The Magna Carta Project

The St Albans Abbey Versions of Magna Carta and their Derivatives

The various versions of the Charters of John and Henry III found in the works of the St Albans chroniclers Roger of Wendover and Matthew Paris are the subject of an   article by J.C. Holt, ‘The St Albans Chroniclers and Magna Carta’, Transactions of the Royal Historical Society, fifth series, 14 (1964), pp.67-88, reprinted in his collected essays, Magna Carta and Medieval Government (London, 1095), pp.266-87.  (My references come from Magna Carta and Medieval Government).   Wendover, in his Flores Historiarum, did not copy out a ‘clean’ text of the 1215 Magna Carta. Instead his text, written between 1225 and 1235, although issued in John’s name, combined elements from 1215 with elements from Henry III’s Charter of 1217.  The elements from 1215 included a variant version of the security clause, which almost certainly derived from a rejected draft. Wendover also produced a copy of Henry III’s Forest Charter of 1217/1225, which has it issued in the name of King John. Until Blackstone finally revealed the truth in 1759, this misled a generation of historians into thinking that the Forest Charter went back to 1215. Matthew Paris, Wendover’s successor, in his Chronica Majora (the text here probably dates from the 1240s), initially copied out Wendover’s hybrid version of the 1215 Charter. Around 1250, he became aware of what seems to have been a full text of the 1215 Charter.1 As a result he went back and made radical changes to the text in the Chronica Majora, trying to add in what Wendover had missed out. Paris’s efforts reflect his interest in the Charter and his desire to give full information about it. He did not, however, eliminate all the material from the Charter of 1217 and so his text remained a hybrid of 1215 and 1217. Around the same time as he was revising the text in the Chronica Majora, Paris also prepared a short chronicle, which was given to the St Albans’ cell at Tynemouth. This reflects Paris’s new Chronica Majora text but is not identical to it. Another purported version of the 1215 Charter, likewise reflecting but not identical to the new Chronica Majora text, is that found in the chronicle written by John of Wallingford. Wallingford was the ‘infirmarius’ of St Albans and a friend of Paris, and his chronicle is an abridgement of Paris’s work, although with some additional material. Wallingford subsequently moved to the St Albans cell of Wymondham in Norfolk, where he died in 1258. His version became the source for the text of the 1215 Charter copied into a chronicle composed at Norwich cathedral priory.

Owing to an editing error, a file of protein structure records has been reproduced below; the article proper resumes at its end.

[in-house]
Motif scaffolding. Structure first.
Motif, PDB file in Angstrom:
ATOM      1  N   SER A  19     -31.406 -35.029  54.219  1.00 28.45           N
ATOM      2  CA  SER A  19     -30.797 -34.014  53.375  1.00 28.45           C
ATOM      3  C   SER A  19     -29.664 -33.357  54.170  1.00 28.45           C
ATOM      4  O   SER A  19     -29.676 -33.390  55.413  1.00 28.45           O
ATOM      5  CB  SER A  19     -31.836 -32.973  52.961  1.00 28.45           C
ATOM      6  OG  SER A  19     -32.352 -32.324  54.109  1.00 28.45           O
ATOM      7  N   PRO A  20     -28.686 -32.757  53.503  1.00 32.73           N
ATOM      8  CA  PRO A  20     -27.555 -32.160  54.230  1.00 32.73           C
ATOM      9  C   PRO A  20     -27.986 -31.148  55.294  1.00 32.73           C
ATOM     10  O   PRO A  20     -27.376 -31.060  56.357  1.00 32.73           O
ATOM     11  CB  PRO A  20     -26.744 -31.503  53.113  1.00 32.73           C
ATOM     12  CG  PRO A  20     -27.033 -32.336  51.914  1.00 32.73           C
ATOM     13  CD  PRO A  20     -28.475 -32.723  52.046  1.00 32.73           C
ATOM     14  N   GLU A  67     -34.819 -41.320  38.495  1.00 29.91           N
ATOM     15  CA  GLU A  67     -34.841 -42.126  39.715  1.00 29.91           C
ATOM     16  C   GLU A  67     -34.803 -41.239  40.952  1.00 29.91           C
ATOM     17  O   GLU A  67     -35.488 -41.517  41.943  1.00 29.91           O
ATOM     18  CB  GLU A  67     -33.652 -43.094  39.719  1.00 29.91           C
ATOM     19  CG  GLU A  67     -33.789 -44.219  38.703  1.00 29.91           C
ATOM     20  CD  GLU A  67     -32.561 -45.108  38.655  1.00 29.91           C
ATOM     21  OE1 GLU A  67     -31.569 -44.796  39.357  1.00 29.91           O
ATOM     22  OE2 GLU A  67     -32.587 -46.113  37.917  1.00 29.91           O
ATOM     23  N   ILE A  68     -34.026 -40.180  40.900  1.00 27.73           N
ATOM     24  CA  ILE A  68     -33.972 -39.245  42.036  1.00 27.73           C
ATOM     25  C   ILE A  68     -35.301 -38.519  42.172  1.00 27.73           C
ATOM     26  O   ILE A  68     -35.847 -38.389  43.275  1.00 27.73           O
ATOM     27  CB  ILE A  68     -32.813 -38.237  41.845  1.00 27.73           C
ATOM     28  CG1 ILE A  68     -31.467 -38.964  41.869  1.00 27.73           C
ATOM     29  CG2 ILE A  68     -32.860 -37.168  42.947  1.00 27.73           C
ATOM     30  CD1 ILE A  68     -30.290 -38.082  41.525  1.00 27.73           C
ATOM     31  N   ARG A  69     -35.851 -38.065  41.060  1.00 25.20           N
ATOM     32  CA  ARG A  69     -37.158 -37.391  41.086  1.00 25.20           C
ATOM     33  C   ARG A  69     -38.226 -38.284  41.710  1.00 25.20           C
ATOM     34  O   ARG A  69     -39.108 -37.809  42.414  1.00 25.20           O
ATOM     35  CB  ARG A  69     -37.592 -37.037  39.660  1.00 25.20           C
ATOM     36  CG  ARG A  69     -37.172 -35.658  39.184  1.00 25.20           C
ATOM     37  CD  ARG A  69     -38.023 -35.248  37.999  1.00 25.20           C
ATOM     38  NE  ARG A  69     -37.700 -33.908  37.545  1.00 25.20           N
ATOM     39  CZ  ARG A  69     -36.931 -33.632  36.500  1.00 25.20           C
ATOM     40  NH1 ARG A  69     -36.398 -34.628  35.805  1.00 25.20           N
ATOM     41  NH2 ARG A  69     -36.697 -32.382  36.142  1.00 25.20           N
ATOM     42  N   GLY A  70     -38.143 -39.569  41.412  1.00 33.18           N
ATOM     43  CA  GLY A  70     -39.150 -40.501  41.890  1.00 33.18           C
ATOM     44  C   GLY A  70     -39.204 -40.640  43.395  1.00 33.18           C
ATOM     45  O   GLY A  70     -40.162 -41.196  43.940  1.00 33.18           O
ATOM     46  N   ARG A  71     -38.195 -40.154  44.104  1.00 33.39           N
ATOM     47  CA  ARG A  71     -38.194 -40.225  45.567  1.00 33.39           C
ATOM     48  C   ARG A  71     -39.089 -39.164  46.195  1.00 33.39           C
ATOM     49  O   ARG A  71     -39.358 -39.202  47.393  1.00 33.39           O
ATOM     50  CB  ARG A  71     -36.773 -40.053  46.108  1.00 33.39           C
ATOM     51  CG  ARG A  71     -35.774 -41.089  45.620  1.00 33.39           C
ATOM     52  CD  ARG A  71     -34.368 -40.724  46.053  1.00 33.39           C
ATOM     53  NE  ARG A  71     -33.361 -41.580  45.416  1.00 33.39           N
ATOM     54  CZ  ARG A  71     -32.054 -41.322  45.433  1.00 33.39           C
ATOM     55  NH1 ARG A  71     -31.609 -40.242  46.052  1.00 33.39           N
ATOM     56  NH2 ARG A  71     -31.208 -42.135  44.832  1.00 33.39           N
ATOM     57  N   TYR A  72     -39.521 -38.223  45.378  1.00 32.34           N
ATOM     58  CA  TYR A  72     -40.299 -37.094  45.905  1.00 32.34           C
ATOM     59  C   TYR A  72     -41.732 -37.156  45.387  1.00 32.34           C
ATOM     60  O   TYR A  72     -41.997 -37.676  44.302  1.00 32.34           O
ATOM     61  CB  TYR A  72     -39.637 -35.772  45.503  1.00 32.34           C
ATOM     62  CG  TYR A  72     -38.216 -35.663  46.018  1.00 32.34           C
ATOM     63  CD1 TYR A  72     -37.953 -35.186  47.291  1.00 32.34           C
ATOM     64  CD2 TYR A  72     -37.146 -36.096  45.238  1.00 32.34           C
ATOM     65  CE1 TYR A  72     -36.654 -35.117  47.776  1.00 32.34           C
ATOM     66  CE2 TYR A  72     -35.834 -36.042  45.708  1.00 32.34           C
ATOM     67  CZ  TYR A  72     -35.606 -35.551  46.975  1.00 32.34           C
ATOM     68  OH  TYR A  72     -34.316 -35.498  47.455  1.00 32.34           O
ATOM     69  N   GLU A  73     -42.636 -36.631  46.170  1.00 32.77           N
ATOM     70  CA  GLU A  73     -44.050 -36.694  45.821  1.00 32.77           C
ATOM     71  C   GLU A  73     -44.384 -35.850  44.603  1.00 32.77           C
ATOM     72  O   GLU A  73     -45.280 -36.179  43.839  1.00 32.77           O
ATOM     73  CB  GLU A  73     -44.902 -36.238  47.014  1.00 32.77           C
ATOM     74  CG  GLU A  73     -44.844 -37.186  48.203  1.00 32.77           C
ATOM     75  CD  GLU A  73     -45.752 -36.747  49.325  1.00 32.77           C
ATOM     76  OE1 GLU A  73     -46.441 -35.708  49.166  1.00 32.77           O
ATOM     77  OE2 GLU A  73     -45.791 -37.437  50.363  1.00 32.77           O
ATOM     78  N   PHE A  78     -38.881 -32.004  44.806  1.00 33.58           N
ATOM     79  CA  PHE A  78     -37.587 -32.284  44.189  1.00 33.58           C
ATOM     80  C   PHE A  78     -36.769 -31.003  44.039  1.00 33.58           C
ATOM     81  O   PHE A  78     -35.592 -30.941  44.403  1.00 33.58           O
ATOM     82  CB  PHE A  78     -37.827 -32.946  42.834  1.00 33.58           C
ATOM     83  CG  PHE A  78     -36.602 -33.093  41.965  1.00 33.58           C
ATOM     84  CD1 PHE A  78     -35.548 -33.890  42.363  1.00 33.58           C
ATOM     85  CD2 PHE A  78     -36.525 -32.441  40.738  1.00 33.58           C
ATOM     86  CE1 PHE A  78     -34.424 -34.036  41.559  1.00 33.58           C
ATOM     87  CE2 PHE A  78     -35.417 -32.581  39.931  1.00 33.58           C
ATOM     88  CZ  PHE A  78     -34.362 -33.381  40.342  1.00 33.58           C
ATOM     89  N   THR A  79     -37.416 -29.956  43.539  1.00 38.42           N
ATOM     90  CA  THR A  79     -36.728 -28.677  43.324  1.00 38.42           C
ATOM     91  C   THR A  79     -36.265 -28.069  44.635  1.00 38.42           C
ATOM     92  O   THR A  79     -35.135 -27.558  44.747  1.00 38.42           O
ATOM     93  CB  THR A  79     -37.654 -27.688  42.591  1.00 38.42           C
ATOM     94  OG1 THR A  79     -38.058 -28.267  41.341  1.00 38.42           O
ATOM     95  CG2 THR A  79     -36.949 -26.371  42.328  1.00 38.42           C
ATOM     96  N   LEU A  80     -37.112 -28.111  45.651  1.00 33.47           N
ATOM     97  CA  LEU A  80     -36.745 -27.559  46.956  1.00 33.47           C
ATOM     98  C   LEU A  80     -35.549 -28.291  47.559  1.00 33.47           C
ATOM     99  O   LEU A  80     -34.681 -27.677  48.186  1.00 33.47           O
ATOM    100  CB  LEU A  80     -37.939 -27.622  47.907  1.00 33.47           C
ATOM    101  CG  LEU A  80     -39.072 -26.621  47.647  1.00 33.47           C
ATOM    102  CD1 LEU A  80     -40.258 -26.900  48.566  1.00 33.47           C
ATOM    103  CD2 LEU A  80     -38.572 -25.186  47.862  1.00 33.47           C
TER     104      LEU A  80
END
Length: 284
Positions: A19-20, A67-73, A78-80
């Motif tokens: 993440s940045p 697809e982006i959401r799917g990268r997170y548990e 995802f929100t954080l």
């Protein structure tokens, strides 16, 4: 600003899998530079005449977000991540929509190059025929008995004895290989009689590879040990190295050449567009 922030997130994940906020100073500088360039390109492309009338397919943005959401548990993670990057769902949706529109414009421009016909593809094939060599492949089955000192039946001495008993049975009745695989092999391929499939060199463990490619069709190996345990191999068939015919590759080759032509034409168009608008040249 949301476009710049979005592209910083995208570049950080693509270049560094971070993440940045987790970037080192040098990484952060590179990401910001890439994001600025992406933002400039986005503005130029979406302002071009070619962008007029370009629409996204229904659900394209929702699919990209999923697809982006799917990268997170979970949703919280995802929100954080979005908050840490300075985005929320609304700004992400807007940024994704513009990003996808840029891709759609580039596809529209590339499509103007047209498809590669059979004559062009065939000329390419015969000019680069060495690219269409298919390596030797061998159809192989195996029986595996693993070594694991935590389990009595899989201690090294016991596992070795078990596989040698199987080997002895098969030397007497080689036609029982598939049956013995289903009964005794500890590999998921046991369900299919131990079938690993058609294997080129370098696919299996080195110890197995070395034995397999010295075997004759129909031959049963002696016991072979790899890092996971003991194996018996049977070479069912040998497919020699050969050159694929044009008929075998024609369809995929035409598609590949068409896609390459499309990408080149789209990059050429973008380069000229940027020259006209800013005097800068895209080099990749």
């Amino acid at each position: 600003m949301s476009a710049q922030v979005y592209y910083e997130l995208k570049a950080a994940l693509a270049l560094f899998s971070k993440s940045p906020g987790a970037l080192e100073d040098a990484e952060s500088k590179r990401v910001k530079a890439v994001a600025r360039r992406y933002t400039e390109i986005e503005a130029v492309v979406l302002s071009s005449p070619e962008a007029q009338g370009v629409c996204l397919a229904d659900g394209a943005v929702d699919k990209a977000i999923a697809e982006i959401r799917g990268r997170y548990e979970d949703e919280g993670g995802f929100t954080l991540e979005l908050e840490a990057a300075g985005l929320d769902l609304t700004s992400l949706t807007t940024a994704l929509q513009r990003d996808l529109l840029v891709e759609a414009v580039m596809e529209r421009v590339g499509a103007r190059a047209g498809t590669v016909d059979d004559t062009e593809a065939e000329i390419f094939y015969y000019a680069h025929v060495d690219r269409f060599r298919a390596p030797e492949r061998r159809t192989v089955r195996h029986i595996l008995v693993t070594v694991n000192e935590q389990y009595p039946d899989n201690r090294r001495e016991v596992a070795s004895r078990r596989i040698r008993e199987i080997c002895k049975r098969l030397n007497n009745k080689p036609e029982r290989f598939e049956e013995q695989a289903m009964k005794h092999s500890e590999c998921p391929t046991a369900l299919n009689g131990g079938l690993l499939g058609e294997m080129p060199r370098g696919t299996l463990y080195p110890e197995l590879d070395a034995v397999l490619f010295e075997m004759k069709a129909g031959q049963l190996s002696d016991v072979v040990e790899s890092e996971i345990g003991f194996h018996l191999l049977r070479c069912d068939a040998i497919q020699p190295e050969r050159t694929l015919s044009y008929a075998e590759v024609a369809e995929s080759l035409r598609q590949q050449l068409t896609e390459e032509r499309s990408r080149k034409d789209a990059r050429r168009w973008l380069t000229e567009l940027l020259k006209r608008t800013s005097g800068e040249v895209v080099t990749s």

1

  R. Vaughan, Matthew Paris (Cambridge, 1958), p.60; J.C. Holt, ‘The St Albans Chroniclers and Magna Carta’, Transactions of the Royal Historical Society, fifth series, 14 (1964), pp.67-88, reprinted in his collected essays, Magna Carta and Medieval Government (London, 1095), pp.266-87, at p.286.

The Copies of Magna Carta